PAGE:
Product developers have myriad natural colorants and flavors to choose from, but achieving the desired outcome is no easy feat since colors and flavors are influenced by pH, temperature, light, moisture, packaging, processing and more. Natural ingredients also can be more expensive, more volatile, and have a shorter shelf life than artificial counterparts. With these considerations, natural flavors and colors can require longer research and development (R&D) timelines and investment to validate the formula and meet consumer and retail needs.
Consider the natural color palette where technical considerations vary depending on both the product and the color. Natural colors are more sensitive to pH as well as fading due to light and to heat during processing; therefore, product developers must choose natural colors that will maintain intensity throughout processing and on the shelf. Despite these challenges, certain methods such as masking agents and packaging with a UV barrier can protect the integrity of the product when formulating with these colors.
“For example, pH can have a significant impact on reds, purples and pinks, but yellow, orange and brown hues aren’t affected,” said Jeannette O'Brien, vice president, GNT USA. For spirulina-based colors, minimizing heat exposure helps ensure maximum color retention. Nathalie Pauleau, global product manager, Natural Colors, Naturex (part of Givaudan), agreed, noting the same natural red pigment used for making a strawberry ice cream cannot be used in a red fruit juice drink due to different pH levels.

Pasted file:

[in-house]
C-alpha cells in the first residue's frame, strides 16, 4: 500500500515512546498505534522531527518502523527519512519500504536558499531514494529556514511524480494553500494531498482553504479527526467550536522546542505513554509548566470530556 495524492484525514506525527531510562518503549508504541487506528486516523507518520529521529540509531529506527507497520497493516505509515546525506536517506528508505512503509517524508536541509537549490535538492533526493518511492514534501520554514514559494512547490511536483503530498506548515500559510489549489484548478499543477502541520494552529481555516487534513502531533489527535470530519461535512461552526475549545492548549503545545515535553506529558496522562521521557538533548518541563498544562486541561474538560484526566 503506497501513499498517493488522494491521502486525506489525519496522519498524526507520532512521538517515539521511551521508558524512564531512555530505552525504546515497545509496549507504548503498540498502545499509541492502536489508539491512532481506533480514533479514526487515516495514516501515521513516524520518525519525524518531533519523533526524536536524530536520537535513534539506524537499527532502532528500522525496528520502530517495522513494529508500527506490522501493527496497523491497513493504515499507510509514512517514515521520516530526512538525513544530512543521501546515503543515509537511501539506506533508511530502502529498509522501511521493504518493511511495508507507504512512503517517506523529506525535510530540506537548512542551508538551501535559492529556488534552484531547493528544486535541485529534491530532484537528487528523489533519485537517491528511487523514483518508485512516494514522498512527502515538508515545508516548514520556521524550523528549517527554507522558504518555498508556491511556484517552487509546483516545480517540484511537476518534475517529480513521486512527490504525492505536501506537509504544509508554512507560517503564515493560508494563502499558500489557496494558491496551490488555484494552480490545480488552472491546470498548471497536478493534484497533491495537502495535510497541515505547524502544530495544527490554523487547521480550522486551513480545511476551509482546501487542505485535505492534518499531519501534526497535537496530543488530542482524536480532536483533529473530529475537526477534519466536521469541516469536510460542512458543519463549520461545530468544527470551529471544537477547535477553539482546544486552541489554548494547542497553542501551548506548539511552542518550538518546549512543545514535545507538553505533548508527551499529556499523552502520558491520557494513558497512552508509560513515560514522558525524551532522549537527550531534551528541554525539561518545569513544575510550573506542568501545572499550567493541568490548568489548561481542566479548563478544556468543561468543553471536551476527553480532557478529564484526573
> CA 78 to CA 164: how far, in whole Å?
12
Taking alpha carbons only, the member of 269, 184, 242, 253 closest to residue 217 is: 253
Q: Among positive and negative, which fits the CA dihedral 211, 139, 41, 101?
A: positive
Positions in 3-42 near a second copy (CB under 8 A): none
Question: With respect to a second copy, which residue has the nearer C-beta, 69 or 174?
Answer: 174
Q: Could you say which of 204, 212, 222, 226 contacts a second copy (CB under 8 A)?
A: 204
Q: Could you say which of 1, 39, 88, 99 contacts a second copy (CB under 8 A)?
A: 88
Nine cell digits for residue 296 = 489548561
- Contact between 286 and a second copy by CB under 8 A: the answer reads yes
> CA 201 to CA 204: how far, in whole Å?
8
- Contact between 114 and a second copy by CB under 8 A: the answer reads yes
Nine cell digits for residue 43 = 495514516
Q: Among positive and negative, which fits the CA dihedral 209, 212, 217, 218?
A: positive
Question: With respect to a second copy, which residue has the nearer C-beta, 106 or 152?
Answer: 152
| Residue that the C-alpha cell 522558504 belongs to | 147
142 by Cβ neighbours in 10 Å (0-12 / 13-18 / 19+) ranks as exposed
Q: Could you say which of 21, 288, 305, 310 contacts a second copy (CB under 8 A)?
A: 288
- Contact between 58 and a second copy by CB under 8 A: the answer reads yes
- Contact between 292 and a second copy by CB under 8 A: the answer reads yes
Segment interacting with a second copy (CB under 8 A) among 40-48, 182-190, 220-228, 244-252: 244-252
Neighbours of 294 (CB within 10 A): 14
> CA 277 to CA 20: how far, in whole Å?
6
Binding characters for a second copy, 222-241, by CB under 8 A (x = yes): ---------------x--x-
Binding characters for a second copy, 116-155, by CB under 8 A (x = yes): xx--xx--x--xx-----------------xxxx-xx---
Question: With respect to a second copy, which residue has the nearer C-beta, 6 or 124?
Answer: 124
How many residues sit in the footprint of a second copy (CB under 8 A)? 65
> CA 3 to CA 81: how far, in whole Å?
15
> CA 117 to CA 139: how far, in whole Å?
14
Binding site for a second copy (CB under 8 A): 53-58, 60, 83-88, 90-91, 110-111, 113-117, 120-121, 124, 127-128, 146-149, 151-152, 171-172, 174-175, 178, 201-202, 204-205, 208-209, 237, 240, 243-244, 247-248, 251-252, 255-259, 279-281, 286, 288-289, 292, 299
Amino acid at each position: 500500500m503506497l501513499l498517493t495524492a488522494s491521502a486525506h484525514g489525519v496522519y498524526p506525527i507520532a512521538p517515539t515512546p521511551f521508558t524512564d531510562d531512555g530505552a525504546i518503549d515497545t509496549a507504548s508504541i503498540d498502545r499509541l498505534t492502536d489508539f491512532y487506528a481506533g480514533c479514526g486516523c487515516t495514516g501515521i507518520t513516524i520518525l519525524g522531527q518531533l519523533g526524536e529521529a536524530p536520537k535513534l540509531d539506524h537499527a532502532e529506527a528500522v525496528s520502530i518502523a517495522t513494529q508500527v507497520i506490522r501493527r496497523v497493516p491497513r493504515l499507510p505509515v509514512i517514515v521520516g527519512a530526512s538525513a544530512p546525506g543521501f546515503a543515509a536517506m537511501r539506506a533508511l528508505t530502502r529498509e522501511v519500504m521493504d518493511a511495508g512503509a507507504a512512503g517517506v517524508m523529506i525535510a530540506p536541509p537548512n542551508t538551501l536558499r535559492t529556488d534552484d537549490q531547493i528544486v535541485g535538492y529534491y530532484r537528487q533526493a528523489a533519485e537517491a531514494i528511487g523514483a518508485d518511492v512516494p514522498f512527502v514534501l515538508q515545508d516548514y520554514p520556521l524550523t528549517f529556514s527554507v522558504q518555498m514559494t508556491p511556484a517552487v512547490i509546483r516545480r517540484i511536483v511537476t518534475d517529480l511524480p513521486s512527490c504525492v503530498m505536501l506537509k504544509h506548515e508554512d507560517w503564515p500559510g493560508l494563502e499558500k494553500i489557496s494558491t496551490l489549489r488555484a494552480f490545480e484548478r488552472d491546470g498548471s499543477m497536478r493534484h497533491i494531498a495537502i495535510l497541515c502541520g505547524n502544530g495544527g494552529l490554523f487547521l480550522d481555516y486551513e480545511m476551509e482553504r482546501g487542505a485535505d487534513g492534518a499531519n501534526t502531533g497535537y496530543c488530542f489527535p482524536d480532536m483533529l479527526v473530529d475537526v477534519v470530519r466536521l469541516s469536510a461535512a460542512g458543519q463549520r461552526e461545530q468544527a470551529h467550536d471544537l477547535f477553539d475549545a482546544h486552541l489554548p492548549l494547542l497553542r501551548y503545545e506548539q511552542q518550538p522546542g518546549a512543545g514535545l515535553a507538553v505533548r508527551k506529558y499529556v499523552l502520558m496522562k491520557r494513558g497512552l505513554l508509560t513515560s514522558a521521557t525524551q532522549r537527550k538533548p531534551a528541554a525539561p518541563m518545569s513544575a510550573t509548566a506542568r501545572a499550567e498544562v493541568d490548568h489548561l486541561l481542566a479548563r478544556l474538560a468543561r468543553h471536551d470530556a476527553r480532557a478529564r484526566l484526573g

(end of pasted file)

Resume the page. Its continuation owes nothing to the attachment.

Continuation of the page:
Flavors also present unique challenges, especially when working with proteins and botanicals that can bring off-notes and bitterness. Long or harsh cooking processes also can cause flavors to break down. As noted in Kim Decker’s article, natural flavors may deliver comparable functionality, and the parity gap with synthetic flavors is closer than ever before; however, heat-intensive processing can still be especially brutal on natural ingredients.
“Natural flavors often contain components that are especially degradation-prone, volatile and expensive,” explained Bill Aslanides, chief flavor chemist at Synergy Flavors. Such is the case with profiles based on green notes, sulfurous tropical notes and other volatiles that are notoriously vulnerable to processing degradation.
When these natural flavors flash off, formulators need to strengthen and otherwise manipulate the final flavor formulation to work with the application. “A flavorist will carefully rebalance these notes after evaluation, almost always leading to increased flavor cost,” Aslanides added. “But care is taken to adjust in a manner that keeps cost-in-use in check.”